In those three years, she has become a staple in made-for-cable movies.  Raisa co-starred in the cheerleading sequel Bring it On: All or Nothing with Hayden Panettiere of Heroes and Solange Knowles – better known as Beyonce’s little sister.  She also was in the popular Nickelodeon movie Shredderman Rules. 

“I was a huge fan of the first Bring It On,” Raisa says.  “The second one was cool, but it wasn’t my favorite.  So when I got the opportunity to do the third one, I was like, I really have to live up to everyone’s expectations.  Especially being a former cheerleader myself, I wanted to live up to my own expectations.  So I was reading the script, talking to producers, talking to everyone.  Especially me and Gio [Giovannie Samuels], the girl that played Kirresha, we were thinking of ways to make our characters funnier or come more to life or just do little things with the scenes that we had to make the movie good.  It worked, so I was really happy.” 

Now, much like Bring It On, she is starring in the third episode of a beloved film franchise, this time the ice skating love story The Cutting Edge: Chasing the Dream.  In the film, Raisa plays Alex, an amateur female hockey player who is approached to be an ice dancing partner by a famous figure skater, played by Matt Lanter – also from Heroes. 

So, tell us the truth.  Between Hayden on Bring it On and Matt in the new movie; does she have a secret plan to work with every actor who has worked on Heroes

Francia Raisa © 2008 Mike Rozman. Courtesy of MLC PR. All rights reserved. Raisa just laughs.  “What’s funny about that is there’s a new movie called Fired Up coming out.  I have such a small role in it.  It was just a small principal role.  And the lead actor [Nicholas D’Agosto] was also in Heroes.  I’m like, what is wrong with the world?  Everywhere I work someone is in Heroes.  Everyone is great.  Everyone has their different personalities.  Hayden is adorable.  I love that she speaks her mind.  She’s not afraid to say anything.  Matt is just very professional.  And the other character, Nick; he was hysterical….  Having great energy and great passion for what you do is what builds chemistry within people and helps make everyone’s job easier.”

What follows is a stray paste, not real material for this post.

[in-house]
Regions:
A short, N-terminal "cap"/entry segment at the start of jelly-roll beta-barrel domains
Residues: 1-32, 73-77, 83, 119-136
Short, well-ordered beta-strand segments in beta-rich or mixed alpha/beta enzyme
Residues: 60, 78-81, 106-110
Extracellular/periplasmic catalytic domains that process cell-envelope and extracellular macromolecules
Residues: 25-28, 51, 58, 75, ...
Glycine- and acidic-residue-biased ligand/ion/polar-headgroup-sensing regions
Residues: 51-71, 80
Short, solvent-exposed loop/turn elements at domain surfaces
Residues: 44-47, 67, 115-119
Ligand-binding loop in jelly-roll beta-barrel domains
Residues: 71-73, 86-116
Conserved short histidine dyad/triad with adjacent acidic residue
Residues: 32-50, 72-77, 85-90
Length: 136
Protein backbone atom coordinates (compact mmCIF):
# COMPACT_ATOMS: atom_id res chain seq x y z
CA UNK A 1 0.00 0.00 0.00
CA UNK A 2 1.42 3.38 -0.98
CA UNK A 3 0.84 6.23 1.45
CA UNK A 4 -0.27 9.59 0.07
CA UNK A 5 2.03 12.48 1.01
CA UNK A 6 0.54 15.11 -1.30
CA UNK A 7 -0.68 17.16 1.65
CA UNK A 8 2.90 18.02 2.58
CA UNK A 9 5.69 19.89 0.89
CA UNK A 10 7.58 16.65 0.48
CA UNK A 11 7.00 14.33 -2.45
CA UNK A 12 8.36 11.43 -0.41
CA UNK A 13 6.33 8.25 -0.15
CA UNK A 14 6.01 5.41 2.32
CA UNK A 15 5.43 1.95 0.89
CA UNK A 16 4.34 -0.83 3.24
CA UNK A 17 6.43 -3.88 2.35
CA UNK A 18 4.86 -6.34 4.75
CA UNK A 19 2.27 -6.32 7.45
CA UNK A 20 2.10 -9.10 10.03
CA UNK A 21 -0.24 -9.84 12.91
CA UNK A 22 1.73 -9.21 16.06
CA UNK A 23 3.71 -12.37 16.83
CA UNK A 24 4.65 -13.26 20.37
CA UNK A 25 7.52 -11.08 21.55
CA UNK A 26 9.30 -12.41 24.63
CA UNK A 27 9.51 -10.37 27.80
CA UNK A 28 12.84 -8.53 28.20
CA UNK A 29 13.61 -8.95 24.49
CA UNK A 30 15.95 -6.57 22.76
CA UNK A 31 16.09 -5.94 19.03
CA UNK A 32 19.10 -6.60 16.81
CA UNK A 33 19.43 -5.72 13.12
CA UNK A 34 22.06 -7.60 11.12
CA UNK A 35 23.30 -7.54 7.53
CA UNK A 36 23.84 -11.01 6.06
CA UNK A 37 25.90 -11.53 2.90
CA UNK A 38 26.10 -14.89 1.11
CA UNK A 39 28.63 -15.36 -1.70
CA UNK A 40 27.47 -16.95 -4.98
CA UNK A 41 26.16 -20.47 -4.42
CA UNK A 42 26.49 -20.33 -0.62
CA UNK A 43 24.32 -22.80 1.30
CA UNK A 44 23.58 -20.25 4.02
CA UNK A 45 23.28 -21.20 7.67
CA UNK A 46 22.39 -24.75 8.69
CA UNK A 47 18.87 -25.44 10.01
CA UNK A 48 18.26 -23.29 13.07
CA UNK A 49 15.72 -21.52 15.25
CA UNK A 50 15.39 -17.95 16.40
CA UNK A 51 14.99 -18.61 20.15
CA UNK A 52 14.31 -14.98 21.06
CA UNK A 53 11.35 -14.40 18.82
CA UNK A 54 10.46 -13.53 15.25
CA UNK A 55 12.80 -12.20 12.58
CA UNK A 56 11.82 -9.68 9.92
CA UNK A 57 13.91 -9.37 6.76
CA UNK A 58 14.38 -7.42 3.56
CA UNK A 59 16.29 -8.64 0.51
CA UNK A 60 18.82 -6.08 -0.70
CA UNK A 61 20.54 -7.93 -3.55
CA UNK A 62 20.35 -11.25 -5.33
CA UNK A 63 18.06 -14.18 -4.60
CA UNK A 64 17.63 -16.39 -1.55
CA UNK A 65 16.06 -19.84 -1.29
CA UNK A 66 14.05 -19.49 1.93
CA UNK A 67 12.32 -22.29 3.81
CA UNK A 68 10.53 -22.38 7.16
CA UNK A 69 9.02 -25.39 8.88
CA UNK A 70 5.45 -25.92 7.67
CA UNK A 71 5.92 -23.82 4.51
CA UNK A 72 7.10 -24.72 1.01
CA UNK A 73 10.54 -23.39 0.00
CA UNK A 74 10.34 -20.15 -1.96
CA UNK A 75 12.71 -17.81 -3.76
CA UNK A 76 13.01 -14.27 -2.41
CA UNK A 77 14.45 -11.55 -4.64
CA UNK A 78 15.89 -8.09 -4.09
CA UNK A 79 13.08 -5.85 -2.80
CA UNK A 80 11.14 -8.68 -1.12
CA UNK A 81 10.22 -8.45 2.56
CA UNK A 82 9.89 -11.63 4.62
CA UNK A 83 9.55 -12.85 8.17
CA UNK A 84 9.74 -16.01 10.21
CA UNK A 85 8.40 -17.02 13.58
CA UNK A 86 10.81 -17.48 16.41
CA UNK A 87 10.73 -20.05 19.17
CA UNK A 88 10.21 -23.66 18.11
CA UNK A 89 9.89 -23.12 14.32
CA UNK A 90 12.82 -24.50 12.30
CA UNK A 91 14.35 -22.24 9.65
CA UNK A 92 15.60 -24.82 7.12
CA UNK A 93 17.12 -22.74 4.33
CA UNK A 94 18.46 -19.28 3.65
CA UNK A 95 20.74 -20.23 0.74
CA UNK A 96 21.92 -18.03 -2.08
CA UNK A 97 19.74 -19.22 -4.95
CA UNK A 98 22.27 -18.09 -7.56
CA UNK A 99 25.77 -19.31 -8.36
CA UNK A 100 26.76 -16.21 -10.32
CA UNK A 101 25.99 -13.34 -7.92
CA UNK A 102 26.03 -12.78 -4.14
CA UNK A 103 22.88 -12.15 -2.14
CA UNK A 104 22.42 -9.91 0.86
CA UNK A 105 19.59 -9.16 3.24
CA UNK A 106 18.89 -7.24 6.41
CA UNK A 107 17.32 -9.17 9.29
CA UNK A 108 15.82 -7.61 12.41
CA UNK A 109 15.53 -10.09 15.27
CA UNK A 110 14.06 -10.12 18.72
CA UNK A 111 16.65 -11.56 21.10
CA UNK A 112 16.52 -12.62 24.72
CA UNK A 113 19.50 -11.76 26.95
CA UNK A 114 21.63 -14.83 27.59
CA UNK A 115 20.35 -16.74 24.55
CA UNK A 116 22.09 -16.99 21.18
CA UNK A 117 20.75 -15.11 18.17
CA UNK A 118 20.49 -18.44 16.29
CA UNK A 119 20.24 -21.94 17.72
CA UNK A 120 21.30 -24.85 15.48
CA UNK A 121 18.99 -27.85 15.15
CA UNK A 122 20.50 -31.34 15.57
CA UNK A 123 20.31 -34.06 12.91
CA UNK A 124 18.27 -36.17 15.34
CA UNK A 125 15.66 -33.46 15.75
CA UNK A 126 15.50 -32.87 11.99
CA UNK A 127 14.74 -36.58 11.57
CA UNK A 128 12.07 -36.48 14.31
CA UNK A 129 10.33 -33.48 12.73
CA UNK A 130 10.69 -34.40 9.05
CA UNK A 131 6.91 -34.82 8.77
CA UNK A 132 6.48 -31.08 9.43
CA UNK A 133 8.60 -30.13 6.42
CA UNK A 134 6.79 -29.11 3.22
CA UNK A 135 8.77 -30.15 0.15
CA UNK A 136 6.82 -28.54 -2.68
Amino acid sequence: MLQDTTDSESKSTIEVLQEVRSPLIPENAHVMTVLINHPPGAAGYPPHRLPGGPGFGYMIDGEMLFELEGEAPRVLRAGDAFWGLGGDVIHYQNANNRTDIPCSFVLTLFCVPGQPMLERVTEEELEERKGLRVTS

Also making her job easier is the fact that Raisa has experience in skating and dancing, learning both as she grew up.  Not that she can claim to be a pro – and Raisa admits she also had another handicap for the role. 

“I hate hockey skates, I can honestly say,” Raisa laughs.  “I’m so used to toe picks.  Any sport that involves something other than my hands and feet I can not do for some reason.  I’m just a klutz.” 

However, she had enough skills that she could do some of the basics.  The serious skating stunts were done by doubles, but she and Matt put in some good time on ice, as well. 

“You have to remember so much choreography and I remember my partner Matt, he is a man and he’s never danced,” Raisa.  “He was always focused on sports, so he never really had to memorize anything.  It was so hard for him to pick up choreography.  I was very fortunate that I’d been learning my whole life, so that I could pick up things very quickly and they didn’t have to work on me as much.  It helped me get the role.” 

She chuckles.  “Most of the stunts that they did, like the lifts that they did and the jumps were mostly them.  I’m really proud to say that Matt and I did actually do one stunt of our own.  In the first routine – it’s called the Jesus Christ because of the way he’s lifting me from the arms and my arms are out.  That one we did do ourselves.  Other than that, we let the pros handle everything else.  But when we were gliding and doing crossovers and stuff like that, that was us, because we had a month of training so we could pull it off.” 

Raisa was a fan of the previous Cutting Edge movies, which made it even more important for her to live up to the previous films.